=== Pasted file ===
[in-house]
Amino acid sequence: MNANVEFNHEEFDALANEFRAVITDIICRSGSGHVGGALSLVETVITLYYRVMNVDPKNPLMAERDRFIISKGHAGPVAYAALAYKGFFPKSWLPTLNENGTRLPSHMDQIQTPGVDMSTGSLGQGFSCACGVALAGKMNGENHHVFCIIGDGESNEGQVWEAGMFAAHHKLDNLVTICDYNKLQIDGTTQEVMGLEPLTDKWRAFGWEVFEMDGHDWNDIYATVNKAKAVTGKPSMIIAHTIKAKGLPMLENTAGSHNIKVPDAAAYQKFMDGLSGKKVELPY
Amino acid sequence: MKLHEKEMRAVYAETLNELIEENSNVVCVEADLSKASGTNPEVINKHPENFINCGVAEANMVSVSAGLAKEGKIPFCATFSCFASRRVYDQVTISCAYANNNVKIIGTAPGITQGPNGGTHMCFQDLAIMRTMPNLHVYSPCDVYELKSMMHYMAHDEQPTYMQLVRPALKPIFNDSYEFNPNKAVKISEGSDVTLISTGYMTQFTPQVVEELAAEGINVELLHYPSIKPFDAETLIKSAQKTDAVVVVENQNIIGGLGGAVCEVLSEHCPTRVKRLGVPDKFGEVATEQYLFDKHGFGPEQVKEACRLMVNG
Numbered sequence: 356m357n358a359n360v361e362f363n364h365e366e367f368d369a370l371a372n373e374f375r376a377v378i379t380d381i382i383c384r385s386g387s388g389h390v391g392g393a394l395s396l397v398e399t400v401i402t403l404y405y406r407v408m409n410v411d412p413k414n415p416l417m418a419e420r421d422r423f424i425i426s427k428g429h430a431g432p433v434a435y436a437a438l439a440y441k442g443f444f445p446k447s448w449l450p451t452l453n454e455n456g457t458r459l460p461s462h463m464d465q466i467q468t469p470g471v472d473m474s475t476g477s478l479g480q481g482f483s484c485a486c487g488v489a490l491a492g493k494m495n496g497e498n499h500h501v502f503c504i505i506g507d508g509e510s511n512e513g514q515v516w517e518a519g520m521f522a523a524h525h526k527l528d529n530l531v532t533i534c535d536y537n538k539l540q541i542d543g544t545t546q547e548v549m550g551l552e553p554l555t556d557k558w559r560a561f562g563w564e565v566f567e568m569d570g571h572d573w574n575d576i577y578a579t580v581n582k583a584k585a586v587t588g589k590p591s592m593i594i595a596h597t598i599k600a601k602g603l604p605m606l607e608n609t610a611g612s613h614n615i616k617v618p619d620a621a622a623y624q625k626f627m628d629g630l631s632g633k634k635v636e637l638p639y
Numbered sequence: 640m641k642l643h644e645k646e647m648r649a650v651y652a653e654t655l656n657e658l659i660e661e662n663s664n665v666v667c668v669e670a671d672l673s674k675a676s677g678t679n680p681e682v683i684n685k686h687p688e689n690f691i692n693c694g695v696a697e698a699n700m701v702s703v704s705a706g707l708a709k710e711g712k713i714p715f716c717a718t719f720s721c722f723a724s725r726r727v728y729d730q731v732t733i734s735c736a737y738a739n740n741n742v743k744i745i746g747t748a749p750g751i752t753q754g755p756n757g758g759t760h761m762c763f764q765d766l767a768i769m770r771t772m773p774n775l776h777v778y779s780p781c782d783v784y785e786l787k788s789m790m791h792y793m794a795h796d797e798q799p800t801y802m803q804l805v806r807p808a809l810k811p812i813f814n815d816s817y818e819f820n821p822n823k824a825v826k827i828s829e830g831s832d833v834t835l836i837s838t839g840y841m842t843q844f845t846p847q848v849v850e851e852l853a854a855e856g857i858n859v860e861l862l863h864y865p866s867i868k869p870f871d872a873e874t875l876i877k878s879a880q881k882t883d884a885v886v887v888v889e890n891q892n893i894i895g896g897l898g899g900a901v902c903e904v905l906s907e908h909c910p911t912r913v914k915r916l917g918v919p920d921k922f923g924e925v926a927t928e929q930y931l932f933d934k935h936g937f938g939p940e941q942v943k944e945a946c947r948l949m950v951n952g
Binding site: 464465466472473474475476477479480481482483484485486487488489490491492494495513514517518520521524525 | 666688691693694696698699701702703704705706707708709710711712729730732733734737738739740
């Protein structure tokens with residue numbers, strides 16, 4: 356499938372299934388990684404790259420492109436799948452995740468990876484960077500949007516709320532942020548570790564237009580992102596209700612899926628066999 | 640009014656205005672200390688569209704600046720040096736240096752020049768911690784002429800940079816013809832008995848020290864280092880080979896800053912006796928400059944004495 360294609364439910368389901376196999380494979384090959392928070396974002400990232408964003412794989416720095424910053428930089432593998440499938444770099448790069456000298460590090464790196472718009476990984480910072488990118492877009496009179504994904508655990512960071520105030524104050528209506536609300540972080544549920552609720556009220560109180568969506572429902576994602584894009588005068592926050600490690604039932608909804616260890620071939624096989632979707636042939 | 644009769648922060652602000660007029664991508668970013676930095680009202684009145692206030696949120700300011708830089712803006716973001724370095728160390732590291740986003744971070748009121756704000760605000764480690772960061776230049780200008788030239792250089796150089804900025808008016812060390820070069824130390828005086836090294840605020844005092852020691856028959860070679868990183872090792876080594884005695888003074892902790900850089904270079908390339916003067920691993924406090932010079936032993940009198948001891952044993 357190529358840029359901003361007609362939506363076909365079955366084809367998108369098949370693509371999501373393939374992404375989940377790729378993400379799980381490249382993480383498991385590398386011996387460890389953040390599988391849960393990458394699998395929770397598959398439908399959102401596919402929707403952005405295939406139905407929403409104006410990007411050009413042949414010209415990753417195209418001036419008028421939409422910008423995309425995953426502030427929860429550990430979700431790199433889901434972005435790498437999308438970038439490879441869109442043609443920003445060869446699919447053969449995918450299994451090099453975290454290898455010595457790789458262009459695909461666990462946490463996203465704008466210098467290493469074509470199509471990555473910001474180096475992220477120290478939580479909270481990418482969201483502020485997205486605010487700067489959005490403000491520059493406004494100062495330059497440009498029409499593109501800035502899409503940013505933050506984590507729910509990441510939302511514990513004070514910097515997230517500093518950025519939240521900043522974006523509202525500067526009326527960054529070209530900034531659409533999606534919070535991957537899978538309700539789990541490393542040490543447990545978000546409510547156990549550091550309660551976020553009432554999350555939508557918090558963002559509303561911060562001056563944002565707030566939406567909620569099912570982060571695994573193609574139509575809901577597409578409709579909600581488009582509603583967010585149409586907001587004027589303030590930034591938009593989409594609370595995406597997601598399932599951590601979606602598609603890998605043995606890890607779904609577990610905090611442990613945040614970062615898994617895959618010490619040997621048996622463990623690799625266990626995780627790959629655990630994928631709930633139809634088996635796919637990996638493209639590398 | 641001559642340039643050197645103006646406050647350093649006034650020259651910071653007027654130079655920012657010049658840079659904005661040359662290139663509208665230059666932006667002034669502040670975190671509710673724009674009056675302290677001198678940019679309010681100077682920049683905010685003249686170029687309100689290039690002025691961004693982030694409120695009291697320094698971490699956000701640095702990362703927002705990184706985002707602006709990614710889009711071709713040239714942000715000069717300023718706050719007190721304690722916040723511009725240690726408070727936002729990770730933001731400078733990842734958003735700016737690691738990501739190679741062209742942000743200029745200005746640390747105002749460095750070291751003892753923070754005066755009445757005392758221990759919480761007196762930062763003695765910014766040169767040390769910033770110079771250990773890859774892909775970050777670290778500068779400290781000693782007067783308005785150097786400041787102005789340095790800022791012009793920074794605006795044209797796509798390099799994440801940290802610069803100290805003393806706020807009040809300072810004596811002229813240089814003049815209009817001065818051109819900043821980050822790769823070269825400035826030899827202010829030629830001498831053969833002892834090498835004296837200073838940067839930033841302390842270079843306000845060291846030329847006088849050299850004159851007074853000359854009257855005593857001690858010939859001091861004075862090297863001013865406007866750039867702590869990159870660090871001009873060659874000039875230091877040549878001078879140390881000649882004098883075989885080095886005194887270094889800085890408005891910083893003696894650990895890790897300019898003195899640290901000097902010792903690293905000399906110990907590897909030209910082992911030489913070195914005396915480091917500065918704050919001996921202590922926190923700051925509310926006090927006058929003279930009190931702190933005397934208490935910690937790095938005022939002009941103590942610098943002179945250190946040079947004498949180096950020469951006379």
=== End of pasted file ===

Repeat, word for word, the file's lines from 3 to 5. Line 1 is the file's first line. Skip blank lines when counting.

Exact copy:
Amino acid sequence: MKLHEKEMRAVYAETLNELIEENSNVVCVEADLSKASGTNPEVINKHPENFINCGVAEANMVSVSAGLAKEGKIPFCATFSCFASRRVYDQVTISCAYANNNVKIIGTAPGITQGPNGGTHMCFQDLAIMRTMPNLHVYSPCDVYELKSMMHYMAHDEQPTYMQLVRPALKPIFNDSYEFNPNKAVKISEGSDVTLISTGYMTQFTPQVVEELAAEGINVELLHYPSIKPFDAETLIKSAQKTDAVVVVENQNIIGGLGGAVCEVLSEHCPTRVKRLGVPDKFGEVATEQYLFDKHGFGPEQVKEACRLMVNG
Numbered sequence: 356m357n358a359n360v361e362f363n364h365e366e367f368d369a370l371a372n373e374f375r376a377v378i379t380d381i382i383c384r385s386g387s388g389h390v391g392g393a394l395s396l397v398e399t400v401i402t403l404y405y406r407v408m409n410v411d412p413k414n415p416l417m418a419e420r421d422r423f424i425i426s427k428g429h430a431g432p433v434a435y436a437a438l439a440y441k442g443f444f445p446k447s448w449l450p451t452l453n454e455n456g457t458r459l460p461s462h463m464d465q466i467q468t469p470g471v472d473m474s475t476g477s478l479g480q481g482f483s484c485a486c487g488v489a490l491a492g493k494m495n496g497e498n499h500h501v502f503c504i505i506g507d508g509e510s511n512e513g514q515v516w517e518a519g520m521f522a523a524h525h526k527l528d529n530l531v532t533i534c535d536y537n538k539l540q541i542d543g544t545t546q547e548v549m550g551l552e553p554l555t556d557k558w559r560a561f562g563w564e565v566f567e568m569d570g571h572d573w574n575d576i577y578a579t580v581n582k583a584k585a586v587t588g589k590p591s592m593i594i595a596h597t598i599k600a601k602g603l604p605m606l607e608n609t610a611g612s613h614n615i616k617v618p619d620a621a622a623y624q625k626f627m628d629g630l631s632g633k634k635v636e637l638p639y
Numbered sequence: 640m641k642l643h644e645k646e647m648r649a650v651y652a653e654t655l656n657e658l659i660e661e662n663s664n665v666v667c668v669e670a671d672l673s674k675a676s677g678t679n680p681e682v683i684n685k686h687p688e689n690f691i692n693c694g695v696a697e698a699n700m701v702s703v704s705a706g707l708a709k710e711g712k713i714p715f716c717a718t719f720s721c722f723a724s725r726r727v728y729d730q731v732t733i734s735c736a737y738a739n740n741n742v743k744i745i746g747t748a749p750g751i752t753q754g755p756n757g758g759t760h761m762c763f764q765d766l767a768i769m770r771t772m773p774n775l776h777v778y779s780p781c782d783v784y785e786l787k788s789m790m791h792y793m794a795h796d797e798q799p800t801y802m803q804l805v806r807p808a809l810k811p812i813f814n815d816s817y818e819f820n821p822n823k824a825v826k827i828s829e830g831s832d833v834t835l836i837s838t839g840y841m842t843q844f845t846p847q848v849v850e851e852l853a854a855e856g857i858n859v860e861l862l863h864y865p866s867i868k869p870f871d872a873e874t875l876i877k878s879a880q881k882t883d884a885v886v887v888v889e890n891q892n893i894i895g896g897l898g899g900a901v902c903e904v905l906s907e908h909c910p911t912r913v914k915r916l917g918v919p920d921k922f923g924e925v926a927t928e929q930y931l932f933d934k935h936g937f938g939p940e941q942v943k944e945a946c947r948l949m950v951n952g